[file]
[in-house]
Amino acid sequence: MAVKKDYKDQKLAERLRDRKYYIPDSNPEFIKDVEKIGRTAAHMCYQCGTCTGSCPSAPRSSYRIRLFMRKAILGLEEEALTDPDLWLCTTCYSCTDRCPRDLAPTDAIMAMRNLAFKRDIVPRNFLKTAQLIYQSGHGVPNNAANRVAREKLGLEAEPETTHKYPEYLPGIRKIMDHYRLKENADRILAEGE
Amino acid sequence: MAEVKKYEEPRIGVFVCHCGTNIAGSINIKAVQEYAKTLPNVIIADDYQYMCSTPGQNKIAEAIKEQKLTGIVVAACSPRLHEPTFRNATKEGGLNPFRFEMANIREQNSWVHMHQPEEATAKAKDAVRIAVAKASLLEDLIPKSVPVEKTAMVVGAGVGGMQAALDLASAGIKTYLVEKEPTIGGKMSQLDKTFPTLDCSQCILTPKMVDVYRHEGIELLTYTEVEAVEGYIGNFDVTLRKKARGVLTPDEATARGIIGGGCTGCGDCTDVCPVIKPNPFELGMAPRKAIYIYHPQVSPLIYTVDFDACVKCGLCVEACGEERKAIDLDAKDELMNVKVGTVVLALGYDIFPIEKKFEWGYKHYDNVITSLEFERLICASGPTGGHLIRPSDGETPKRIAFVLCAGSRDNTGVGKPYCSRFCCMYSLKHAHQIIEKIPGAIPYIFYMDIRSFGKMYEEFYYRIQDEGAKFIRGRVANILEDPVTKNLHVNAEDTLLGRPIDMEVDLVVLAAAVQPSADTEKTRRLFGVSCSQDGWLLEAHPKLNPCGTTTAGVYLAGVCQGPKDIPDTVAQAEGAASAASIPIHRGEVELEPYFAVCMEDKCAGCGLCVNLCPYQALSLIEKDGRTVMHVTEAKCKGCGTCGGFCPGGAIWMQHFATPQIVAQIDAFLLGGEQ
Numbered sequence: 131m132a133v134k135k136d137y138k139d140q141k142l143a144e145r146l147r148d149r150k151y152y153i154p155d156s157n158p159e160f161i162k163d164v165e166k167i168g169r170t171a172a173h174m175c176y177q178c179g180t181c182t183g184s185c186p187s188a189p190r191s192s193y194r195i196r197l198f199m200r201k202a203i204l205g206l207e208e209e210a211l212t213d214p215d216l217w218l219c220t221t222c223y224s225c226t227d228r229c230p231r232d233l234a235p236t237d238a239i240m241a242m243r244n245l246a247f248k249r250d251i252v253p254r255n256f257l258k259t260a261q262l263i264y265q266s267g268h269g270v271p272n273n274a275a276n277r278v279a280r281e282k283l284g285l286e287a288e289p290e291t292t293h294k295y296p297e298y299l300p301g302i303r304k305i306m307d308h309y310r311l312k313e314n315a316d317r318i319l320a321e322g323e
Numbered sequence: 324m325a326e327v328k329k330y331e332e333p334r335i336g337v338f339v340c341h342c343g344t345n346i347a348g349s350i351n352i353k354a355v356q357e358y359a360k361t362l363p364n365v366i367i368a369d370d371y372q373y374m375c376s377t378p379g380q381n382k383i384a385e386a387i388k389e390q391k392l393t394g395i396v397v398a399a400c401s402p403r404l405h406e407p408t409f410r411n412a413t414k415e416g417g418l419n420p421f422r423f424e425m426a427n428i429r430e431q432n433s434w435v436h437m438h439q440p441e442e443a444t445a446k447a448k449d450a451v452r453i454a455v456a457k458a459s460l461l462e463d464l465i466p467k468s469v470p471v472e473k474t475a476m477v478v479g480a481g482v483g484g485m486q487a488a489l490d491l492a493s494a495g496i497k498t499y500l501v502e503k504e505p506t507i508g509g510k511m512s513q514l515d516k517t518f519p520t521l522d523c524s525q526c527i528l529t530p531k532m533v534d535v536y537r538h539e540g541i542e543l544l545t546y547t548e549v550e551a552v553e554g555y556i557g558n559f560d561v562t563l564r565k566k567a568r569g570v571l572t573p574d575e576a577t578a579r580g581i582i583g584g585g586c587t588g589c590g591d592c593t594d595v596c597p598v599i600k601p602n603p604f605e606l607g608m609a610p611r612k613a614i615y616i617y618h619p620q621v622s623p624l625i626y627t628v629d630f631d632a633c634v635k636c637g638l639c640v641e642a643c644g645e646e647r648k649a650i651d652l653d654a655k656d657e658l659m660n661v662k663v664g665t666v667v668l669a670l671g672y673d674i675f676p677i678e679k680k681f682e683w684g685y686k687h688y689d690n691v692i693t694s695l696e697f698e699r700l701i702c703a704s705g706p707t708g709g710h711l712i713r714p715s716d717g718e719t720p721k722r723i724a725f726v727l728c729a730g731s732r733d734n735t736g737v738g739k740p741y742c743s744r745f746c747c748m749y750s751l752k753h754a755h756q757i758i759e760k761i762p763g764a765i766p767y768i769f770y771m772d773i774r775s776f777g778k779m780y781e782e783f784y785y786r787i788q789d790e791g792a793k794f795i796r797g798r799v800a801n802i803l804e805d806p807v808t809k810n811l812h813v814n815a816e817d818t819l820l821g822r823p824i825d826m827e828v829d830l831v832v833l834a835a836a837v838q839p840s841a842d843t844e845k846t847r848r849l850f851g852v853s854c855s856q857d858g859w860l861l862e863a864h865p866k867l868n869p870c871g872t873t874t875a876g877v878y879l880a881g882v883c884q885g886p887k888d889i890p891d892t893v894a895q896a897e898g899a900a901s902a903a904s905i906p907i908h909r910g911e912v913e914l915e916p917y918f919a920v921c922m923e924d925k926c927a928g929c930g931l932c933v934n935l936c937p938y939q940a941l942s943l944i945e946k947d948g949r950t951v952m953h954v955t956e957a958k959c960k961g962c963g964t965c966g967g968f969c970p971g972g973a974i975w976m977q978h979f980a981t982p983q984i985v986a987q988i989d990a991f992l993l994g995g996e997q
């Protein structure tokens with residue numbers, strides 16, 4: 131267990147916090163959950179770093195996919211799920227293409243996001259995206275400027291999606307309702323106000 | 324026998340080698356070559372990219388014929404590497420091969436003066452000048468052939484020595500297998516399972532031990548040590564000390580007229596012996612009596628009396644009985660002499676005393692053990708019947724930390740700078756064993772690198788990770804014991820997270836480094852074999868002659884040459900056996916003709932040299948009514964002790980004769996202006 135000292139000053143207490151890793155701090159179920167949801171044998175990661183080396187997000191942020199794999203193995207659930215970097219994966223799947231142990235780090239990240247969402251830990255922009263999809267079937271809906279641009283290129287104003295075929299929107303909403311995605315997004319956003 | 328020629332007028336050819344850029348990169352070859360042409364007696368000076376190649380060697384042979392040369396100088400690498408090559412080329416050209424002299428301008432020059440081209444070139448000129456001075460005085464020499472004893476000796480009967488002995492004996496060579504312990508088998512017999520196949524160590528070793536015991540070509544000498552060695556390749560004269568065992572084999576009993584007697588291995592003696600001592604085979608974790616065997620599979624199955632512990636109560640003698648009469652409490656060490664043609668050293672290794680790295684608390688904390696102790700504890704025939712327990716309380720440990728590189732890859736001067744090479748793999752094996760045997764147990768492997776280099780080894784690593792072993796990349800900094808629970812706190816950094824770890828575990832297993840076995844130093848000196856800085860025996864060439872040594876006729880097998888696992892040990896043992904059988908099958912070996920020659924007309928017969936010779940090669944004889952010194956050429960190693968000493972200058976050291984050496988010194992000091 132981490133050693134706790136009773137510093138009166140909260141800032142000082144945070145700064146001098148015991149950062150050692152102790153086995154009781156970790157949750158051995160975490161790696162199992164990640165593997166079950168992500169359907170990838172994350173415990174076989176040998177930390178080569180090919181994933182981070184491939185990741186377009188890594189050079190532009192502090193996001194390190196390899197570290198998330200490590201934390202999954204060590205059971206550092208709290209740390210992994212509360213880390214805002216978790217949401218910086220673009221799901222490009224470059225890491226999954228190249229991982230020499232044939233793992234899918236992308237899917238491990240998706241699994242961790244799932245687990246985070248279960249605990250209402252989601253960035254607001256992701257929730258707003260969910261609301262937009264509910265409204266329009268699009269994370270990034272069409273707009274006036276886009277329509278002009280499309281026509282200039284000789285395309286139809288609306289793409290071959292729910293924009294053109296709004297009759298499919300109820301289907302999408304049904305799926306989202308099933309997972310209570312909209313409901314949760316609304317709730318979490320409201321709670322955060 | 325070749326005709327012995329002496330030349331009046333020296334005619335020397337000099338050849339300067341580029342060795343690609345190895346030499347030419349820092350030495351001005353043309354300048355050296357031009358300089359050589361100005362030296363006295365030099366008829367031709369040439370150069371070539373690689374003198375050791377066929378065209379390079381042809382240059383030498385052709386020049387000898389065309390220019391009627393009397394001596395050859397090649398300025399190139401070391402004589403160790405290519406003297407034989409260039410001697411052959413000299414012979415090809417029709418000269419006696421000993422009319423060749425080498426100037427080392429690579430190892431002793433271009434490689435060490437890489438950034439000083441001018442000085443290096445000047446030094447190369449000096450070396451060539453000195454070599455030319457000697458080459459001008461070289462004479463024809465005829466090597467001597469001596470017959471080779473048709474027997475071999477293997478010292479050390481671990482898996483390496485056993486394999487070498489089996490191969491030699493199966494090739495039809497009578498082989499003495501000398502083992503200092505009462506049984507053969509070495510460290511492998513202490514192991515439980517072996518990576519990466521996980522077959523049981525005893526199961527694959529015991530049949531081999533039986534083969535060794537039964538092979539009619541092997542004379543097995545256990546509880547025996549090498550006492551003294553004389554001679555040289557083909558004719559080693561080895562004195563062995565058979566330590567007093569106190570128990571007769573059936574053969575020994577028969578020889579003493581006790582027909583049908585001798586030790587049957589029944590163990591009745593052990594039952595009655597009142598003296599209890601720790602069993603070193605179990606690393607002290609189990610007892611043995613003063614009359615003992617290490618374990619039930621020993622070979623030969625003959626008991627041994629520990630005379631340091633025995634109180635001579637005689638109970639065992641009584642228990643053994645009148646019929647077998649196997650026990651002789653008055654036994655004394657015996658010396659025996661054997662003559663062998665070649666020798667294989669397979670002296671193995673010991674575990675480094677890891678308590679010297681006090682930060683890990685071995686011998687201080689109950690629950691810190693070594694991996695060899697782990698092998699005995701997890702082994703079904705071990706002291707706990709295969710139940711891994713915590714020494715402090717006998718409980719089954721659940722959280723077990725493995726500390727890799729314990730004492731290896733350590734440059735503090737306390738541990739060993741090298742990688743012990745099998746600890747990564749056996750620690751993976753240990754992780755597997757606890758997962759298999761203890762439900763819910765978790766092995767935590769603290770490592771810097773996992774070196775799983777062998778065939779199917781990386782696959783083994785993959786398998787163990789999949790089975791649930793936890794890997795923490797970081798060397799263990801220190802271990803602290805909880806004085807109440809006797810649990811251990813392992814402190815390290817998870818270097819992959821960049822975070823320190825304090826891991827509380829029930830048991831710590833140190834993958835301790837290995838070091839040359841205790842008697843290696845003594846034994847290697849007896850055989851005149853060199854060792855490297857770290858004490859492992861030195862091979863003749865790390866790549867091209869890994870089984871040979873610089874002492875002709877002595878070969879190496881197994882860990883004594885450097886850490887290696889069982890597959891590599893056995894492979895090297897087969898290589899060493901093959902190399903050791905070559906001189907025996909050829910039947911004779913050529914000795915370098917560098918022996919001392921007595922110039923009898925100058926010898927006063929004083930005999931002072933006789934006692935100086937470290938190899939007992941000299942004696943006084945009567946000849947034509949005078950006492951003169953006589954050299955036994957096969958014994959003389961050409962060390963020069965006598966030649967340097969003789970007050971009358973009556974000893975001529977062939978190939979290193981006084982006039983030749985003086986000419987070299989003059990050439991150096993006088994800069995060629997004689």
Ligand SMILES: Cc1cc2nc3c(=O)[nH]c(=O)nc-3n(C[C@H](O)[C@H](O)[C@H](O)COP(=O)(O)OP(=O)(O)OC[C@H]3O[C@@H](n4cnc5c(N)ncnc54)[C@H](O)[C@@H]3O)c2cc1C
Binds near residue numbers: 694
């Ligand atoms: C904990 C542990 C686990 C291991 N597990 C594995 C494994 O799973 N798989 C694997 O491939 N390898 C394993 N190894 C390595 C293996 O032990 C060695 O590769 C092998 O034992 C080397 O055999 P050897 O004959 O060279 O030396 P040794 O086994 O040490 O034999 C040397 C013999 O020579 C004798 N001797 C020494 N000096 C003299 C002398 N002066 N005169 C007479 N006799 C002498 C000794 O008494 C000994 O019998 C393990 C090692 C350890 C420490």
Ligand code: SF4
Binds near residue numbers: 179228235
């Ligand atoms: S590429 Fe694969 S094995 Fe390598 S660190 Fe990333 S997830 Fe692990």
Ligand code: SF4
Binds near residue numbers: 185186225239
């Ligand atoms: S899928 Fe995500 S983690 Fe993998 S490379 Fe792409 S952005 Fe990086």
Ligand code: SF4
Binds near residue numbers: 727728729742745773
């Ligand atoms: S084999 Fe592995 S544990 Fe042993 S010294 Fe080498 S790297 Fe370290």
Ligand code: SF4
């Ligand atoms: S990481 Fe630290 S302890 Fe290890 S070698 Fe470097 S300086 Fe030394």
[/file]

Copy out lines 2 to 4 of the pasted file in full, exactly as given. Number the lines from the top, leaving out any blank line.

Amino acid sequence: MAVKKDYKDQKLAERLRDRKYYIPDSNPEFIKDVEKIGRTAAHMCYQCGTCTGSCPSAPRSSYRIRLFMRKAILGLEEEALTDPDLWLCTTCYSCTDRCPRDLAPTDAIMAMRNLAFKRDIVPRNFLKTAQLIYQSGHGVPNNAANRVAREKLGLEAEPETTHKYPEYLPGIRKIMDHYRLKENADRILAEGE
Amino acid sequence: MAEVKKYEEPRIGVFVCHCGTNIAGSINIKAVQEYAKTLPNVIIADDYQYMCSTPGQNKIAEAIKEQKLTGIVVAACSPRLHEPTFRNATKEGGLNPFRFEMANIREQNSWVHMHQPEEATAKAKDAVRIAVAKASLLEDLIPKSVPVEKTAMVVGAGVGGMQAALDLASAGIKTYLVEKEPTIGGKMSQLDKTFPTLDCSQCILTPKMVDVYRHEGIELLTYTEVEAVEGYIGNFDVTLRKKARGVLTPDEATARGIIGGGCTGCGDCTDVCPVIKPNPFELGMAPRKAIYIYHPQVSPLIYTVDFDACVKCGLCVEACGEERKAIDLDAKDELMNVKVGTVVLALGYDIFPIEKKFEWGYKHYDNVITSLEFERLICASGPTGGHLIRPSDGETPKRIAFVLCAGSRDNTGVGKPYCSRFCCMYSLKHAHQIIEKIPGAIPYIFYMDIRSFGKMYEEFYYRIQDEGAKFIRGRVANILEDPVTKNLHVNAEDTLLGRPIDMEVDLVVLAAAVQPSADTEKTRRLFGVSCSQDGWLLEAHPKLNPCGTTTAGVYLAGVCQGPKDIPDTVAQAEGAASAASIPIHRGEVELEPYFAVCMEDKCAGCGLCVNLCPYQALSLIEKDGRTVMHVTEAKCKGCGTCGGFCPGGAIWMQHFATPQIVAQIDAFLLGGEQ
Numbered sequence: 131m132a133v134k135k136d137y138k139d140q141k142l143a144e145r146l147r148d149r150k151y152y153i154p155d156s157n158p159e160f161i162k163d164v165e166k167i168g169r170t171a172a173h174m175c176y177q178c179g180t181c182t183g184s185c186p187s188a189p190r191s192s193y194r195i196r197l198f199m200r201k202a203i204l205g206l207e208e209e210a211l212t213d214p215d216l217w218l219c220t221t222c223y224s225c226t227d228r229c230p231r232d233l234a235p236t237d238a239i240m241a242m243r244n245l246a247f248k249r250d251i252v253p254r255n256f257l258k259t260a261q262l263i264y265q266s267g268h269g270v271p272n273n274a275a276n277r278v279a280r281e282k283l284g285l286e287a288e289p290e291t292t293h294k295y296p297e298y299l300p301g302i303r304k305i306m307d308h309y310r311l312k313e314n315a316d317r318i319l320a321e322g323e